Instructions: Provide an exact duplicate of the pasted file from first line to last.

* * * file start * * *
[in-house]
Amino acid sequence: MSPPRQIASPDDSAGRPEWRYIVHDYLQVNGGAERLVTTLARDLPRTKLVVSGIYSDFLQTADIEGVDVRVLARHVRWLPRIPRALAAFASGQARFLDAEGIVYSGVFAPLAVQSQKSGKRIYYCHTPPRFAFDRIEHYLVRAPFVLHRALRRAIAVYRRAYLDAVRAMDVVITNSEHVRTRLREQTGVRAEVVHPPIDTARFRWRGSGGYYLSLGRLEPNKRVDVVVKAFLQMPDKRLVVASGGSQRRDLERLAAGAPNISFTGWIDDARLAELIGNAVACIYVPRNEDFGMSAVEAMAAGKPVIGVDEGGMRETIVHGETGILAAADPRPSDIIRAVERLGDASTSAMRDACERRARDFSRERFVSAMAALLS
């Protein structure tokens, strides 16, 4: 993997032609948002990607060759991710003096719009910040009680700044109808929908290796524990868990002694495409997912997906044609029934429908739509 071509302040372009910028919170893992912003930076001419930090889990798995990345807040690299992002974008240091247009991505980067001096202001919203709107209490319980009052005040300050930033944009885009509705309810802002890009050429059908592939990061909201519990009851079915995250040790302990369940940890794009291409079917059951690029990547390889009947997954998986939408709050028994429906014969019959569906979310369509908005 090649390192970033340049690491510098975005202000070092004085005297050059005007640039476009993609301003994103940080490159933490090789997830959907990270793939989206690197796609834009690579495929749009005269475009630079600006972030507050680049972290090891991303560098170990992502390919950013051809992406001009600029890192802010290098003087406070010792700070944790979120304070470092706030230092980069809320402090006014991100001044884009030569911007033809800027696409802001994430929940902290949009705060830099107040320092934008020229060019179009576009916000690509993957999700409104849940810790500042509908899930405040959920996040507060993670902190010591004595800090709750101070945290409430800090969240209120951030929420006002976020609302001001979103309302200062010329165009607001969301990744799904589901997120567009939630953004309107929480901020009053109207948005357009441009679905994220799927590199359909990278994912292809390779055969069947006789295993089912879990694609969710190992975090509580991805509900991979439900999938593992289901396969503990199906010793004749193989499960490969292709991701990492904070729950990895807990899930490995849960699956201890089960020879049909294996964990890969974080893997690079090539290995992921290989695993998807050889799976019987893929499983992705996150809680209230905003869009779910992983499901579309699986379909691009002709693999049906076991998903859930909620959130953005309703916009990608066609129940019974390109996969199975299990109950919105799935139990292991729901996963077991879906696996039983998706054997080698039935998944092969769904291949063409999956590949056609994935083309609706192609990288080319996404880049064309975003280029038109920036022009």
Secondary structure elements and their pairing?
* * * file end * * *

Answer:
[in-house]
Amino acid sequence: MSPPRQIASPDDSAGRPEWRYIVHDYLQVNGGAERLVTTLARDLPRTKLVVSGIYSDFLQTADIEGVDVRVLARHVRWLPRIPRALAAFASGQARFLDAEGIVYSGVFAPLAVQSQKSGKRIYYCHTPPRFAFDRIEHYLVRAPFVLHRALRRAIAVYRRAYLDAVRAMDVVITNSEHVRTRLREQTGVRAEVVHPPIDTARFRWRGSGGYYLSLGRLEPNKRVDVVVKAFLQMPDKRLVVASGGSQRRDLERLAAGAPNISFTGWIDDARLAELIGNAVACIYVPRNEDFGMSAVEAMAAGKPVIGVDEGGMRETIVHGETGILAAADPRPSDIIRAVERLGDASTSAMRDACERRARDFSRERFVSAMAALLS
């Protein structure tokens, strides 16, 4: 993997032609948002990607060759991710003096719009910040009680700044109808929908290796524990868990002694495409997912997906044609029934429908739509 071509302040372009910028919170893992912003930076001419930090889990798995990345807040690299992002974008240091247009991505980067001096202001919203709107209490319980009052005040300050930033944009885009509705309810802002890009050429059908592939990061909201519990009851079915995250040790302990369940940890794009291409079917059951690029990547390889009947997954998986939408709050028994429906014969019959569906979310369509908005 090649390192970033340049690491510098975005202000070092004085005297050059005007640039476009993609301003994103940080490159933490090789997830959907990270793939989206690197796609834009690579495929749009005269475009630079600006972030507050680049972290090891991303560098170990992502390919950013051809992406001009600029890192802010290098003087406070010792700070944790979120304070470092706030230092980069809320402090006014991100001044884009030569911007033809800027696409802001994430929940902290949009705060830099107040320092934008020229060019179009576009916000690509993957999700409104849940810790500042509908899930405040959920996040507060993670902190010591004595800090709750101070945290409430800090969240209120951030929420006002976020609302001001979103309302200062010329165009607001969301990744799904589901997120567009939630953004309107929480901020009053109207948005357009441009679905994220799927590199359909990278994912292809390779055969069947006789295993089912879990694609969710190992975090509580991805509900991979439900999938593992289901396969503990199906010793004749193989499960490969292709991701990492904070729950990895807990899930490995849960699956201890089960020879049909294996964990890969974080893997690079090539290995992921290989695993998807050889799976019987893929499983992705996150809680209230905003869009779910992983499901579309699986379909691009002709693999049906076991998903859930909620959130953005309703916009990608066609129940019974390109996969199975299990109950919105799935139990292991729901996963077991879906696996039983998706054997080698039935998944092969769904291949063409999956590949056609994935083309609706192609990288080319996404880049064309975003280029038109920036022009």
Secondary structure elements and their pairing?